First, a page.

The Artemis Files: Bold Dreams and Busted Budgets

Artist’s rendering of an ascent vehicle separating from a descent vehicle and departing the lunar surface. (Credit: NASA)

For NASA’s Artemis program, the future’s uncertain and the end may not be near

by Douglas Messier
Managing Editor

Fall arrived on Tuesday and, along with cooler temperatures, earlier sunsets and changing leaves, the new season brought what has become an annual ritual in our nation’s capital: the running of the appropriators.

Three months before Christmas is the least wonderful time of the year for those working on the massive federal budget. Having spent seven months failing to act on a presidential budget request submitted in February, legislators spend the last days of September cobbling together a temporary spending bill to keep the government from shutting down when the new year begins on Oct. 1.

The temporary bill — known as a continuing resolution or CR — allows the federal government to continue spending at existing levels for a few more weeks or months until a budget can be approved. Sometimes multiple resolutions are needed before agreement is reached.

It’s one hell of a way to run a railroad. But, the alternative — a government shutdown as politicians bicker over who is to blame — has proven to be extremely unpopular with the pubic. It seems like the only thing people hate more than a dysfunctional government is one that isn’t functioning at all.

A shutdown now would be especially bad timing given the country’s sorry state. The COVID-19 pandemic has now killed 200,000 Americans, millions of people are out of work, businesses are shut down, there are mass protests in the streets over racial injustice, and a deeply divided electorate is about to vote for president.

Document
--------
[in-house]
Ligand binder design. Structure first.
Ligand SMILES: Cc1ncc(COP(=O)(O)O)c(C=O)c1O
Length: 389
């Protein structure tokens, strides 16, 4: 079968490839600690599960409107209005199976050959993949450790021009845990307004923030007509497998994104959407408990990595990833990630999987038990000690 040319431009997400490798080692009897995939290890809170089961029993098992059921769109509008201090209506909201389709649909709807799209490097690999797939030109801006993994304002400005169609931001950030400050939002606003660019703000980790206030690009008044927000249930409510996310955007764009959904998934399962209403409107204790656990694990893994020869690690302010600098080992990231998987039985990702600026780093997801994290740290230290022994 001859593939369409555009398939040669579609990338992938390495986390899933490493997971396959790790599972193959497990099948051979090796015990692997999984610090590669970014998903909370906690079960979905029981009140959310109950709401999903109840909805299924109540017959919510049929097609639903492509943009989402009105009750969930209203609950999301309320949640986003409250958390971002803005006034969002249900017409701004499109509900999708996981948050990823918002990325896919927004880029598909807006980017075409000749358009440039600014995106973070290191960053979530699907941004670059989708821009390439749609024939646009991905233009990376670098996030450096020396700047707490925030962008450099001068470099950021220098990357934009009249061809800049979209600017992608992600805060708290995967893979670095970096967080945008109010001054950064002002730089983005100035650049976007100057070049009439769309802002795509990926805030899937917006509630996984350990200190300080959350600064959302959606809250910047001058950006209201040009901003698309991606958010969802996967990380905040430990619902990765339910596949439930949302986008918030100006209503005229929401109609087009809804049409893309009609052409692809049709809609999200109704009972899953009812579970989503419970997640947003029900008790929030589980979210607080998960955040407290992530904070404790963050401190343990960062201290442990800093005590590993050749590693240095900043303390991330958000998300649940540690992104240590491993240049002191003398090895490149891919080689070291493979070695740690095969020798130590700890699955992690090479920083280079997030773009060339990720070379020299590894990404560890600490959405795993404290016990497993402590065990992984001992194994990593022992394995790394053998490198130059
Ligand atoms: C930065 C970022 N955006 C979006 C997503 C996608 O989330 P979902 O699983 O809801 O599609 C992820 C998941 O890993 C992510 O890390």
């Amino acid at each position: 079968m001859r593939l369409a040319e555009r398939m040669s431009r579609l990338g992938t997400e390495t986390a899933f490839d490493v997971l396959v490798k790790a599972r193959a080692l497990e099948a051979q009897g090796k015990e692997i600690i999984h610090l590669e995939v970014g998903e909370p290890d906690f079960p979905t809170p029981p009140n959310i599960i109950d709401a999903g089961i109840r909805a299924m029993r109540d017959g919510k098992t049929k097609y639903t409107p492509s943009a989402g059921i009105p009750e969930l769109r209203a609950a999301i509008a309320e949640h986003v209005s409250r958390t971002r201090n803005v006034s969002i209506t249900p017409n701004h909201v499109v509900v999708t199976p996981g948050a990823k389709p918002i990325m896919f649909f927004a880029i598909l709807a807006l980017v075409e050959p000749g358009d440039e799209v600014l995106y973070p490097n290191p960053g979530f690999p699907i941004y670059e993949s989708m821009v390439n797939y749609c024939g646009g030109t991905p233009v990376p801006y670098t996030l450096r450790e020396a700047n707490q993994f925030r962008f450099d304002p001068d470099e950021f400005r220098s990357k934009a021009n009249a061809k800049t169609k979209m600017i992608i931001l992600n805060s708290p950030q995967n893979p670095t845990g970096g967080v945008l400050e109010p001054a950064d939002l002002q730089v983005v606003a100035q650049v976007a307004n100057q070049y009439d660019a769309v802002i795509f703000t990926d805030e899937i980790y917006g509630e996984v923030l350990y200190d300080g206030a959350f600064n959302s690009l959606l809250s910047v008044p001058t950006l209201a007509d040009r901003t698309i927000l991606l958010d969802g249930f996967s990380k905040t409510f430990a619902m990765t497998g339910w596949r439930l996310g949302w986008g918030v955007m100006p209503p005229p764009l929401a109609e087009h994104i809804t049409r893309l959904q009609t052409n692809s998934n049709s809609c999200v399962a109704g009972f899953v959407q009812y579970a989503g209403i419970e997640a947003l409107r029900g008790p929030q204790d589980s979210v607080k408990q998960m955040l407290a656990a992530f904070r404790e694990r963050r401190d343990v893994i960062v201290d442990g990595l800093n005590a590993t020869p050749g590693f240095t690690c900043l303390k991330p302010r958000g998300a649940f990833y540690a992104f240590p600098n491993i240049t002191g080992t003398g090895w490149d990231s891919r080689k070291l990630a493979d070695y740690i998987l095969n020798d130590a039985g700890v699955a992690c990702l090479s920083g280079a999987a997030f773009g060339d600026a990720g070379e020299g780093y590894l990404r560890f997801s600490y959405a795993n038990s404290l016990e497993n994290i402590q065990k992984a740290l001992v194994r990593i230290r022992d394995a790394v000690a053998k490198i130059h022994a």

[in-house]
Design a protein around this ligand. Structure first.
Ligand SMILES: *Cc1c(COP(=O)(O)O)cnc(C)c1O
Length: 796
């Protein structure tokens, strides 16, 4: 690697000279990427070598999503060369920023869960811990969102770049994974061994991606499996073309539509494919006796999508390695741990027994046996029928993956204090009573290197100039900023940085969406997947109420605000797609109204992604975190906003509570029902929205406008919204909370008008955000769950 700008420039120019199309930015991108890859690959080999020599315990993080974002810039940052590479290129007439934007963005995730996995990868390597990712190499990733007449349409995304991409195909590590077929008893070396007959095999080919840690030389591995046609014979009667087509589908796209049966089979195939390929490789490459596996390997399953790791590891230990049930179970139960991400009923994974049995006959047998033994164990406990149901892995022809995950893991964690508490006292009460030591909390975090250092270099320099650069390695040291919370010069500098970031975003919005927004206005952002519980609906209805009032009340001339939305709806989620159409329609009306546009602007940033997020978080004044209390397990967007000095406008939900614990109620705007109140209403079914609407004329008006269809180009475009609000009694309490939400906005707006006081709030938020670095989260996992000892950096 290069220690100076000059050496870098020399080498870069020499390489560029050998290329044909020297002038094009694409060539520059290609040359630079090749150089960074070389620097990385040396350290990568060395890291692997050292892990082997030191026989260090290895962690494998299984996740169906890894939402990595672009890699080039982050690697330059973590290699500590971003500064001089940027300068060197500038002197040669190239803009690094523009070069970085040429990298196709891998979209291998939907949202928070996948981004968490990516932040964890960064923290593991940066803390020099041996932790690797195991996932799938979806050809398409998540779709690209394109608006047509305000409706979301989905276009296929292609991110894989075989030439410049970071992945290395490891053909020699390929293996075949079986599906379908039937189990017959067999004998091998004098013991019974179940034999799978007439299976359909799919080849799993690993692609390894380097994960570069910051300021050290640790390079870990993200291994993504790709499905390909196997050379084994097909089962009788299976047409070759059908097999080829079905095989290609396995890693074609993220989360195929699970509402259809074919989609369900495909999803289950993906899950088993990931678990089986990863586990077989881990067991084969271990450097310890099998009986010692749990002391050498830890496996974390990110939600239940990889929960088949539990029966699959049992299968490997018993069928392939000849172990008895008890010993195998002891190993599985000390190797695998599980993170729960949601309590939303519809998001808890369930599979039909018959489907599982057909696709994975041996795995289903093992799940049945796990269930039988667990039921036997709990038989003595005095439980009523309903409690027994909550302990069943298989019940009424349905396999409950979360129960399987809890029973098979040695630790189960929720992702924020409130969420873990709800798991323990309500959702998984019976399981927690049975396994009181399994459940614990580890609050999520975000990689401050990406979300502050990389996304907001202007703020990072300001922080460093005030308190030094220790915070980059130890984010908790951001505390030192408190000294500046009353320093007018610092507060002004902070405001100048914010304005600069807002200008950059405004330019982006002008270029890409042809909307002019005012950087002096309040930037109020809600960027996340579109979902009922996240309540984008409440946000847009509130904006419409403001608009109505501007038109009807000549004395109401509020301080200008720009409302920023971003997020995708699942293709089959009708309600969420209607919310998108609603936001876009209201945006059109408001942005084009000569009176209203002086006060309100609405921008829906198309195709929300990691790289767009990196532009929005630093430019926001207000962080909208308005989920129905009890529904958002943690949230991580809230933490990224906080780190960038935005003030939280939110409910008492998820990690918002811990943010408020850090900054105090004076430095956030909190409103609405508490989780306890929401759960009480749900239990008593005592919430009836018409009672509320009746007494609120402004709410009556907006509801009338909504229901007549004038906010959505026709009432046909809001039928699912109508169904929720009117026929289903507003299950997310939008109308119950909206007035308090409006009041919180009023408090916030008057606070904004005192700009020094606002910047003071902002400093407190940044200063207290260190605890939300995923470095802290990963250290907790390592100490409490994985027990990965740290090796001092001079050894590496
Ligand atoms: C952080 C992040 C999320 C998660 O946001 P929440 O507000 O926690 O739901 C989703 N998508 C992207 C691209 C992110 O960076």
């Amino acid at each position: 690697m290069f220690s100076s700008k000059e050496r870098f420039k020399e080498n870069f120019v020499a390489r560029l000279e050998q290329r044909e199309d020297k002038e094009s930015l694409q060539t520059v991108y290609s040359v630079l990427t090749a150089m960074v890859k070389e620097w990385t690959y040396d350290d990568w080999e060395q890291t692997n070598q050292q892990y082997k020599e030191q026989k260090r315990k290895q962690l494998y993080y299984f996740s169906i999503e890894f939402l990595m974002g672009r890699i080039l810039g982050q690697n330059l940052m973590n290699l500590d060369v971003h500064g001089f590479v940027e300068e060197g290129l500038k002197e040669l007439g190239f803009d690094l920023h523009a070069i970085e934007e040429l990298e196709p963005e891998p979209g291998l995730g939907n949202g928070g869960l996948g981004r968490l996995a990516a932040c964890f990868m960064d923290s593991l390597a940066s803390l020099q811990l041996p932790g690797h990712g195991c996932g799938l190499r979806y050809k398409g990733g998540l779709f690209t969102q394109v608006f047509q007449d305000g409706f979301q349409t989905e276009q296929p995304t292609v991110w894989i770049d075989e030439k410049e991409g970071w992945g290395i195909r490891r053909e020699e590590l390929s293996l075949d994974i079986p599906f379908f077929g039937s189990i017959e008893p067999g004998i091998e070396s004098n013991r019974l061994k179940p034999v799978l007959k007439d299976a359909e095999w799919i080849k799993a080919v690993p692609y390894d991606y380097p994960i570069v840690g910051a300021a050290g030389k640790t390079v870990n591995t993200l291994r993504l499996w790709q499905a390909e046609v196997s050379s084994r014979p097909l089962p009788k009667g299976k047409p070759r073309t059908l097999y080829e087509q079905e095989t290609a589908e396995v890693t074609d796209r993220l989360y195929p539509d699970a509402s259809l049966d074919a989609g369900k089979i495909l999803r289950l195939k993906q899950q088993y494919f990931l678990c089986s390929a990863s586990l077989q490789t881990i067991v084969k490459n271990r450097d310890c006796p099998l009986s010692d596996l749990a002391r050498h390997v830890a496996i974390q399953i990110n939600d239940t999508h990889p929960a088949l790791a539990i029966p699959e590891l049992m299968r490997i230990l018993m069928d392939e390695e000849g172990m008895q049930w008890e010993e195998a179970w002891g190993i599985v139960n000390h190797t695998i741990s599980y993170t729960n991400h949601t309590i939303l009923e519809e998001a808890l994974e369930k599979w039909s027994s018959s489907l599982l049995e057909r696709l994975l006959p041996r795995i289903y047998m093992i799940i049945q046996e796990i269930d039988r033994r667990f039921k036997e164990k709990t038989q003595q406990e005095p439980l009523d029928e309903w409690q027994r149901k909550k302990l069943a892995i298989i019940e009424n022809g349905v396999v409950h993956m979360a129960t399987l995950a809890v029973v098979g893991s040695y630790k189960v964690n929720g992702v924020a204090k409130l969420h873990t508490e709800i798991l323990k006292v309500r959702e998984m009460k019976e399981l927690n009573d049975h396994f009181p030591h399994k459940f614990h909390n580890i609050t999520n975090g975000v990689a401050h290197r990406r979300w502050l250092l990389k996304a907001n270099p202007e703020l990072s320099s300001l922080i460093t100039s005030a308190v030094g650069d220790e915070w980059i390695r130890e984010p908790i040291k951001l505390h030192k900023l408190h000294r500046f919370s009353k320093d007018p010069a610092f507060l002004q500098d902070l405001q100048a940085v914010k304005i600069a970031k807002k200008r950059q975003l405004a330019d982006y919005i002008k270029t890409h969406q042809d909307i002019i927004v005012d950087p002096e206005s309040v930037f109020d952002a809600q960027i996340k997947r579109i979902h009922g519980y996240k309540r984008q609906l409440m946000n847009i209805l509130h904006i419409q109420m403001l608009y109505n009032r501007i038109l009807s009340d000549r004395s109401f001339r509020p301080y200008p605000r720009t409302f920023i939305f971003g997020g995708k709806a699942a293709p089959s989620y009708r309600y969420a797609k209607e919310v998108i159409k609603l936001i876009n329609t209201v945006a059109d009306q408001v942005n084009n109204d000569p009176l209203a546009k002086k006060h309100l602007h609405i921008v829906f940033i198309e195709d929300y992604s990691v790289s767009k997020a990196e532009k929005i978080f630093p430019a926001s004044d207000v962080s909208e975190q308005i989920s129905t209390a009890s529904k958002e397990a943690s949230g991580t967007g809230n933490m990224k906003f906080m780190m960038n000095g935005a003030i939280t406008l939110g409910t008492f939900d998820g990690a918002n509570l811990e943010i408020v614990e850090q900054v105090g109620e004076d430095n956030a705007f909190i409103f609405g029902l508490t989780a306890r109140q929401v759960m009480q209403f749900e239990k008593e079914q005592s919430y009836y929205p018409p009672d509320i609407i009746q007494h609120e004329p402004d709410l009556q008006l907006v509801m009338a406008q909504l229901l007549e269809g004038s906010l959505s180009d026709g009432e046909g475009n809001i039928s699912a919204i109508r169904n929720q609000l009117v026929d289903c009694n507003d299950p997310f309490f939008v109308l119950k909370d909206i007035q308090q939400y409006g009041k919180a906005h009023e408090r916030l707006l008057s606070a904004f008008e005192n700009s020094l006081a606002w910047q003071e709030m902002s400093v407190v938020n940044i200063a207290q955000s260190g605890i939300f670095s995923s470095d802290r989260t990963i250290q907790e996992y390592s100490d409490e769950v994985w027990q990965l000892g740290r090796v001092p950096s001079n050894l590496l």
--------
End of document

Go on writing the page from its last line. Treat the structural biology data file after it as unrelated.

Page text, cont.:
People keep asking what else 2020 could throw at us. A lot, actually. Much of it far worse than a government shutdown. Just the same, Washington would be wise to avoid adding that to the country’s list of problems.

To the Stars with a CR

Although a continuing resolution keeps the government operating temporarily, it creates major headaches for the people who run federal agencies and departments. With only limited, budget increases and new program starts are put on hold while Congress and the president wrangle over the budget.

Jim Bridenstine (Credit: NASA/Bill Ingalls)

For NASA Administrator Jim Bridenstine, the annual budget impasse has become a very serious problem. Eighteen months ago, the Trump Administration moved up the date for returning astronauts to the surface of the moon from 2028 to 2024.

The accelerated Artemis program requires large budget increases that Congress has been unable to provide on a timely basis. Given the long lead times in developing space hardware, that’s not good at all.

During a media teleconference on Monday, Bridenstine said that despite the deadline being more than four years away, the window for meeting it has now shrunk to mere months.

The administrator said NASA needs a budget increase of $2.6 billion — from $22.6 billion to $25.2 billion — for fiscal year (FY) 2021 by December, or March at the very latest, in order to land astronauts in 2024.

NASA has proposed spending $3.2 billion in FY 2021 the Human Landing System (HLS) that would take astronauts to and from the lunar surface. HLS would account for $16.2 billion of the $28 billion NASA wants to spend on the Artemis program through FY 2025.

Although Bridenstine spoke of the strong bipartisan support for Artemis he has heard from members of Congress, that backing comes with a rather large asterisk. While there is broad support in both parties for returning astronauts to the moon, not everyone is on board with accelerating the program by four years.